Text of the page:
Smoke signals: pricing wildfire risk

Terrifying walls of flames and the widespread devastation they leave in their wake are expected to increase in the US as a result of climate change. Intelligent Insurer finds out how insurance pricing can incentivise individuals and society to increase wildfire mitigation efforts.

In 2017 and 2018, wildfires devastated large areas of the US, shocking many with their intensity and scale.

These years are now recognised as two of the worst on record as the fires laid waste to more than 10 million acres of land in both years. 

America had some respite from this type of catastrophe in 2019, described as “a relatively low year in terms of wildfire acreage” by Tom Jeffery, principal, science & analytics at insurance data firm CoreLogic.

But in 2020 and beyond we may see a repeat of wildfires engulfing forests and homes.

Until the middle of August this year, 2.4 million acres had already burned in the US, with notable events such as the Apple Fire and Carmel Fire, both in California. With so much at stake, how can insurers price the risk to encourage more fire mitigation efforts and better protection?

Researchers at CoreLogic are looking at how to incentivise wildfire mitigation with risk-based wildfire insurance pricing.

Of course, this year has the added complication of the COVID-19 pandemic. Lockdowns and quarantines have already hampered fire suppression work, reduced the number of firefighters available and delayed recovery and rebuilding work. 

There is hope that the threats posed by wildfire can be better managed and risks reduced.

Maiclaire Bolton Smith, senior leader of research and content strategy at CoreLogic, says it can be done by analysing the risk and prioritising property level mitigation.

Jeffery says that in the last five years, the US has experienced some of the worst fires in modern times.

But he adds: “It goes without saying that the location of the fire is ultimately the most important factor, for example a fire in a densely populated area that can cause a lot of destruction even in a low-impact year.”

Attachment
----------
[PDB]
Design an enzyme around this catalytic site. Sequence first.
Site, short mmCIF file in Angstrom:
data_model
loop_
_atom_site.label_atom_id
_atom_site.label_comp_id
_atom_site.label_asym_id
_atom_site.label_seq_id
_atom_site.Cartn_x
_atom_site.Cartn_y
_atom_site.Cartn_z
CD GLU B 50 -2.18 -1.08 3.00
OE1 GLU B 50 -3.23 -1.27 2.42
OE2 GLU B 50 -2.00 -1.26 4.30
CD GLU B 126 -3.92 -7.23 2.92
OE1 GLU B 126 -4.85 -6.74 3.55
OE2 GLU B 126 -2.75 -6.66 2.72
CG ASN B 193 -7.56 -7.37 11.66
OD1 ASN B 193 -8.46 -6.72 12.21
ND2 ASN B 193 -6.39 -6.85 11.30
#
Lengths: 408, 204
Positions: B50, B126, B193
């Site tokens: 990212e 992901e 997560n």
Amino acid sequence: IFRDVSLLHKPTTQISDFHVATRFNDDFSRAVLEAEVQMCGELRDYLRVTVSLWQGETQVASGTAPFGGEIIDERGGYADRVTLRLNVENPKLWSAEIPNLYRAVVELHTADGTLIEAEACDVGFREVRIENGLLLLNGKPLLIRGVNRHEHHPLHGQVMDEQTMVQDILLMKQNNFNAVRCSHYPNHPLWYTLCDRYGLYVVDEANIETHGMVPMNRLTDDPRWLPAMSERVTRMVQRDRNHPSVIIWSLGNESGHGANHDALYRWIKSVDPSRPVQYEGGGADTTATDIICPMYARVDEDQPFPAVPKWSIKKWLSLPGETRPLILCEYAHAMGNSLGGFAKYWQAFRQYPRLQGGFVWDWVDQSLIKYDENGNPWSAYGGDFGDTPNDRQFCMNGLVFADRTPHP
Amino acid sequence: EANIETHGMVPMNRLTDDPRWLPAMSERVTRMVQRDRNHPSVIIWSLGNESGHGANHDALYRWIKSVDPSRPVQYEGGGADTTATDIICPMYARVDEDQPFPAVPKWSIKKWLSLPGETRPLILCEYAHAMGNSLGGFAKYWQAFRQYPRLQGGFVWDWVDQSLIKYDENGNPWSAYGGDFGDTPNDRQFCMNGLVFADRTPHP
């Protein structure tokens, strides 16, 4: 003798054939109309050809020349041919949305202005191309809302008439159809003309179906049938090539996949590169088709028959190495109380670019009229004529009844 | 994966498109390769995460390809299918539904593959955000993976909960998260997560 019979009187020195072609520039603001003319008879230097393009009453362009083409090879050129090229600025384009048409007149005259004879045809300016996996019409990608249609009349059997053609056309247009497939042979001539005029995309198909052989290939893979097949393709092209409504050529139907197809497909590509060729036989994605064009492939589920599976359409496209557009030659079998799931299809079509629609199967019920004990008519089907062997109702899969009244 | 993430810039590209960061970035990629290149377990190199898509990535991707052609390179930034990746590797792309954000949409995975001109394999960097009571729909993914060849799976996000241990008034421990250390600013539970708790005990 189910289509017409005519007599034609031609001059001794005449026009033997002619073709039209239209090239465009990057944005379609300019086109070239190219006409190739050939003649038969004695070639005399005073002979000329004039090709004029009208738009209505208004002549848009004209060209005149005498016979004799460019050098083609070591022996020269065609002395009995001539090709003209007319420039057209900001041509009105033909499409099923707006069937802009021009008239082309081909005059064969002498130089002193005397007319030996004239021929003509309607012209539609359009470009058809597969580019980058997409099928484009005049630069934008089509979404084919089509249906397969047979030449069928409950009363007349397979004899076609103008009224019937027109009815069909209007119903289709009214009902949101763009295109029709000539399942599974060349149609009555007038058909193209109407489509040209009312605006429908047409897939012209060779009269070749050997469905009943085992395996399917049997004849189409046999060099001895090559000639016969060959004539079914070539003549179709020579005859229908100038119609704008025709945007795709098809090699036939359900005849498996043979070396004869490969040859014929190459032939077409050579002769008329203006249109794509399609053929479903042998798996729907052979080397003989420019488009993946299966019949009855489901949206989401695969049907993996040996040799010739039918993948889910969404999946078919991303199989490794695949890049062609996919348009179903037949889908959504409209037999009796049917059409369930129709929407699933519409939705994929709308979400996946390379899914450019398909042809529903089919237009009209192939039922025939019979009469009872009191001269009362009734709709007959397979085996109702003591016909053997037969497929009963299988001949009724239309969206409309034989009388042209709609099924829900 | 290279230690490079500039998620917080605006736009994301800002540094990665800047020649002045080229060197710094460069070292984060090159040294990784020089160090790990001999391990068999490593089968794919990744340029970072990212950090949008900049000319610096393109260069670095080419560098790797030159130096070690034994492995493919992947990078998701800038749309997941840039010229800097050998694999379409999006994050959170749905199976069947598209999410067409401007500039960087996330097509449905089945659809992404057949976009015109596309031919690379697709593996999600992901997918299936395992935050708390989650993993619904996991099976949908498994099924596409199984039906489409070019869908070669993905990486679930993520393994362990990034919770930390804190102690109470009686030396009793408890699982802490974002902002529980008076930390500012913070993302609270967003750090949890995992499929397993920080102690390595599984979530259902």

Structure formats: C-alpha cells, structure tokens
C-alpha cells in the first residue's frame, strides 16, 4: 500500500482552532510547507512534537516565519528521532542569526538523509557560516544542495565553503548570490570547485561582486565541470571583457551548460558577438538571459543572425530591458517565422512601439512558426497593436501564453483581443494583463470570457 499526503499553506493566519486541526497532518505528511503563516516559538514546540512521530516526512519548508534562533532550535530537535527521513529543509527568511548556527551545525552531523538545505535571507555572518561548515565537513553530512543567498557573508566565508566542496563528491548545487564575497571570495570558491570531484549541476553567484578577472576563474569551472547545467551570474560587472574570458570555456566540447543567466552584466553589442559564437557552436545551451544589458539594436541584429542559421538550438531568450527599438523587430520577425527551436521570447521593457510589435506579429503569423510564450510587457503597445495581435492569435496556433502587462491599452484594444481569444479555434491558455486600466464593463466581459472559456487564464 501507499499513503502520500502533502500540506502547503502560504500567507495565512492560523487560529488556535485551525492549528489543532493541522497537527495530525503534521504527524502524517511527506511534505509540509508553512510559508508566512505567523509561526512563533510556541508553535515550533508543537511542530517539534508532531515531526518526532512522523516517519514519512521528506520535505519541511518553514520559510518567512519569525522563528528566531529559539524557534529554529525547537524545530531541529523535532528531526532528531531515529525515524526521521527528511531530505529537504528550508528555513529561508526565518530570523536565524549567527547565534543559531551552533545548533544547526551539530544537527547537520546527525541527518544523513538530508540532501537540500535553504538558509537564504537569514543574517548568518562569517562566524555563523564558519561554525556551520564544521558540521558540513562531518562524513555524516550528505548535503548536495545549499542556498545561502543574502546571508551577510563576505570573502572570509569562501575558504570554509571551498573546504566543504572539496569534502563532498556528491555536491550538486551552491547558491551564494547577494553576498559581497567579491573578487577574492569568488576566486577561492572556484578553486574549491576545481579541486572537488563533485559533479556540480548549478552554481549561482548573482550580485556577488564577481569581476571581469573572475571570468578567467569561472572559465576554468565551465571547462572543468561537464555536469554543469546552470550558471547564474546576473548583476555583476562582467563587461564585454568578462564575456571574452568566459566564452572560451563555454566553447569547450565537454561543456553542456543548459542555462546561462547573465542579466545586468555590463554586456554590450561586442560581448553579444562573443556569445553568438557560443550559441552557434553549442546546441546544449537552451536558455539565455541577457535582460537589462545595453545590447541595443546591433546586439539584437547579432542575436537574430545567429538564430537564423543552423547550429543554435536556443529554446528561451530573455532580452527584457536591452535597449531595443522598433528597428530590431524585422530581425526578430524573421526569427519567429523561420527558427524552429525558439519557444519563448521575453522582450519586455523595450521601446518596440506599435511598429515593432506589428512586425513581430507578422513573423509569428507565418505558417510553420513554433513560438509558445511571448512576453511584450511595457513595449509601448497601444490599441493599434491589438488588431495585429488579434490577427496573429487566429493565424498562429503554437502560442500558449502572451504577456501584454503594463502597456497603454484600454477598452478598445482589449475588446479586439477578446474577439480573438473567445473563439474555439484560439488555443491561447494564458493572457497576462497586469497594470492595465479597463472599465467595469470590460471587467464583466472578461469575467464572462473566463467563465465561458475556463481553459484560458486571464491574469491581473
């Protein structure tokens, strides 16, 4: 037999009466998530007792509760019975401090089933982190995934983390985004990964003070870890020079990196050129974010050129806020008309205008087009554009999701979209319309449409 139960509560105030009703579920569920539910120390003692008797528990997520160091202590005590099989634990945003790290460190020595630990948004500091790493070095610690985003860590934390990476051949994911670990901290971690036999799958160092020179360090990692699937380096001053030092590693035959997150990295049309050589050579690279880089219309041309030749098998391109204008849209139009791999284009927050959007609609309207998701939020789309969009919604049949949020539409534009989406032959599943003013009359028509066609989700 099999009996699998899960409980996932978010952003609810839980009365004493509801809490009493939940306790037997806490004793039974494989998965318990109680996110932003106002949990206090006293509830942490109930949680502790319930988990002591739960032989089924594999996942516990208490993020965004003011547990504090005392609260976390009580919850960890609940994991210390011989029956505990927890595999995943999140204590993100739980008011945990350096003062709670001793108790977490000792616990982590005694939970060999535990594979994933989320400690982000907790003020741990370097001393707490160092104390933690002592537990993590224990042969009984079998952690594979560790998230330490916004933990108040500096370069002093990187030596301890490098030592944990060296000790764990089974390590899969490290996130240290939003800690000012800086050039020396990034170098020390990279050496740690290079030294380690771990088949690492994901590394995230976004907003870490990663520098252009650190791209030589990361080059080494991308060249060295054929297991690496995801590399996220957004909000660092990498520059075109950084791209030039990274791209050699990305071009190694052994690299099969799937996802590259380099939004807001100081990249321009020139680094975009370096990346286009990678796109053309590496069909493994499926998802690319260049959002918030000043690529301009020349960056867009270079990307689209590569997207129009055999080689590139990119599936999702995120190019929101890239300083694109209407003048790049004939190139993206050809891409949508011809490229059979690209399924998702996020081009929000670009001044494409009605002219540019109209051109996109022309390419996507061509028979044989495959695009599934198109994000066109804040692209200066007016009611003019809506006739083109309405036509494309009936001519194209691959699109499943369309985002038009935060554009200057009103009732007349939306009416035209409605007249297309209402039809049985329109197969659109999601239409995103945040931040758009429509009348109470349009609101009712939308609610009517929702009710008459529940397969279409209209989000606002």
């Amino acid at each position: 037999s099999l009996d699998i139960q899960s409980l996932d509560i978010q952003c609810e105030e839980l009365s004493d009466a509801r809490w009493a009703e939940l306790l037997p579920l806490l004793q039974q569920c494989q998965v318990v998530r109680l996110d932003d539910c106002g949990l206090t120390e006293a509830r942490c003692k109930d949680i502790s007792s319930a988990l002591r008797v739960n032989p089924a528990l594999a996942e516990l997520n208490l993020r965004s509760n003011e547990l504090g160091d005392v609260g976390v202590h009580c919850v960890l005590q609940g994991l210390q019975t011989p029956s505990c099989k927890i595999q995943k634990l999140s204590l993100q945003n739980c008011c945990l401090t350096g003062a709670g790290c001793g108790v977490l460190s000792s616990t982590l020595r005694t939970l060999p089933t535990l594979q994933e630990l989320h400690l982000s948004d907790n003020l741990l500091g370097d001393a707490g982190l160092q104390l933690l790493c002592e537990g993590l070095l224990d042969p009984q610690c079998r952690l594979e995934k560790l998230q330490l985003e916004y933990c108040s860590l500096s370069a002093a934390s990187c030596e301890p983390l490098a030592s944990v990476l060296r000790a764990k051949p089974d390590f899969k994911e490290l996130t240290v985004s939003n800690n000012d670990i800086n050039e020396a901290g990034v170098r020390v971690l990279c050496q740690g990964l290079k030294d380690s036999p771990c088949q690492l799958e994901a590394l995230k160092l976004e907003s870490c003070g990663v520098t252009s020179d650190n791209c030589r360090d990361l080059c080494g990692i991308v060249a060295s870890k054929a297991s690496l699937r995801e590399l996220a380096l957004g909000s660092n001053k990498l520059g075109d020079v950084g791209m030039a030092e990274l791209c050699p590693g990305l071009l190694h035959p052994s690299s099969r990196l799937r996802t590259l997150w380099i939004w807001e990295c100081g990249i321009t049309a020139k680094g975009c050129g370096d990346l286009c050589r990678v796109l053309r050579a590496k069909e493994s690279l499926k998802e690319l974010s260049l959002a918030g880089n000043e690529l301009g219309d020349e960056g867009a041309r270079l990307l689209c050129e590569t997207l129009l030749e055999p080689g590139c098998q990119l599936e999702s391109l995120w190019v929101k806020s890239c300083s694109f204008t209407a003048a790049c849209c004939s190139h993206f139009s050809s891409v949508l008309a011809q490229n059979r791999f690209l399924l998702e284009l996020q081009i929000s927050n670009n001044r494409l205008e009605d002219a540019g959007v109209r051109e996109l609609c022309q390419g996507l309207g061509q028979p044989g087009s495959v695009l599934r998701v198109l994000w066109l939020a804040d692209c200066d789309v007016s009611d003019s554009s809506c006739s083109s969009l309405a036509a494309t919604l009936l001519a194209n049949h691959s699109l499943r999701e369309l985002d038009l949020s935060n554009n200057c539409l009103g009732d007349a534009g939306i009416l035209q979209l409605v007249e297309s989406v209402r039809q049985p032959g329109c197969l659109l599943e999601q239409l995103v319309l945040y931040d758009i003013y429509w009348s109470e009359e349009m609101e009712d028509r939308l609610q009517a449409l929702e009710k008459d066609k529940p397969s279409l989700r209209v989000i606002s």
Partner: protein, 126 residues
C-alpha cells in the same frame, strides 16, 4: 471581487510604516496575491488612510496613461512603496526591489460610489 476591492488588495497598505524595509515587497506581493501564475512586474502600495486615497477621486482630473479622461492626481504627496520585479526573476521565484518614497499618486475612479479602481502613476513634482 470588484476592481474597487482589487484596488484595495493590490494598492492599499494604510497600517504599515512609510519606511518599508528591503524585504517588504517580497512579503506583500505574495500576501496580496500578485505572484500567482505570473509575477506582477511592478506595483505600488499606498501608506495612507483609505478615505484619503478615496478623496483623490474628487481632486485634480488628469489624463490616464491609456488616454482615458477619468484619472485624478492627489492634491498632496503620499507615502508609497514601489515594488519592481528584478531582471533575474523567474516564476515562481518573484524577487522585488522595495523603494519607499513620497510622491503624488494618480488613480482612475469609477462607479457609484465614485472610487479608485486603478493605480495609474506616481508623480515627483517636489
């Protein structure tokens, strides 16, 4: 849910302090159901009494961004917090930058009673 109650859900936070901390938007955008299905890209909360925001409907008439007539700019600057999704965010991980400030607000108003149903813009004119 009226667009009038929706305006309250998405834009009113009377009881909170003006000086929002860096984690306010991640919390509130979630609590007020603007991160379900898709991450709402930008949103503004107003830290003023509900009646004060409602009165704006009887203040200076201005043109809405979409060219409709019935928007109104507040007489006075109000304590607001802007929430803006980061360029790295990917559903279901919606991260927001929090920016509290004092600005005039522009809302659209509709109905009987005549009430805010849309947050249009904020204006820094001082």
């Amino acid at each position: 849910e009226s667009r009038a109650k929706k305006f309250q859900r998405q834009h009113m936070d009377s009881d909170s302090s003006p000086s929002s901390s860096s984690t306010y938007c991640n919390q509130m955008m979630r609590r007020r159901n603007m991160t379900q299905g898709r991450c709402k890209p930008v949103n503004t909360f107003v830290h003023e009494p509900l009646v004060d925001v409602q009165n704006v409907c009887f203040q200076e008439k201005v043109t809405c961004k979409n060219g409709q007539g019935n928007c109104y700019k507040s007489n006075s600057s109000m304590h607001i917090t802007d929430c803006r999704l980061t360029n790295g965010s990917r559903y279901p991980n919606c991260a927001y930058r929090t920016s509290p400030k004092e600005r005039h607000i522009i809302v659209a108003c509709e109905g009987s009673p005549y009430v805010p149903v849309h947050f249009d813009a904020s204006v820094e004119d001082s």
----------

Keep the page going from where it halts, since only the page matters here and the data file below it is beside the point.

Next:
As of August 16, 2020 there were 35,878 fires covering more than 2.3 million acres in the US. These figures were expected to increase.

The 10-year annual average (2010 to 2019) shows 39,463 fires and 4.7 million acres, making this year the second lowest number of acres affected and the third lowest number of fires over the last 10 years, so far.

“There are other things that can go into our models such as mitigation of fire and clearance around the structure.”
Howard Kunst, CoreLogic

Pricing to incentivise mitigation

When assessing how to price wildfire risk, CoreLogic looks at what affects the expected loss for a particular structure, says Howard Kunst, chief actuary at the firm. 

“In basic terms that is frequency—the exposure to the hazard. For the individual structure there are things that affect the severity of the loss: construction type, roof type, the age of the home, and fire mitigation that is in place.”

He says that CoreLogic ran a few simulations for California with different ages of homes and roof type to see what happens with frequency and average annual losses.

Using a fire risk score of 1 to 100, Kunst says the simulations showed, as might be expected, that the risk score went up as frequency increases.

Kunst says the models simulating expected average annual loss versus total insurable value show that as the fire risk increases the difference between the annual average loss between wood frame and unreinforced masonry homes rise to 15 percent at the top end of risk.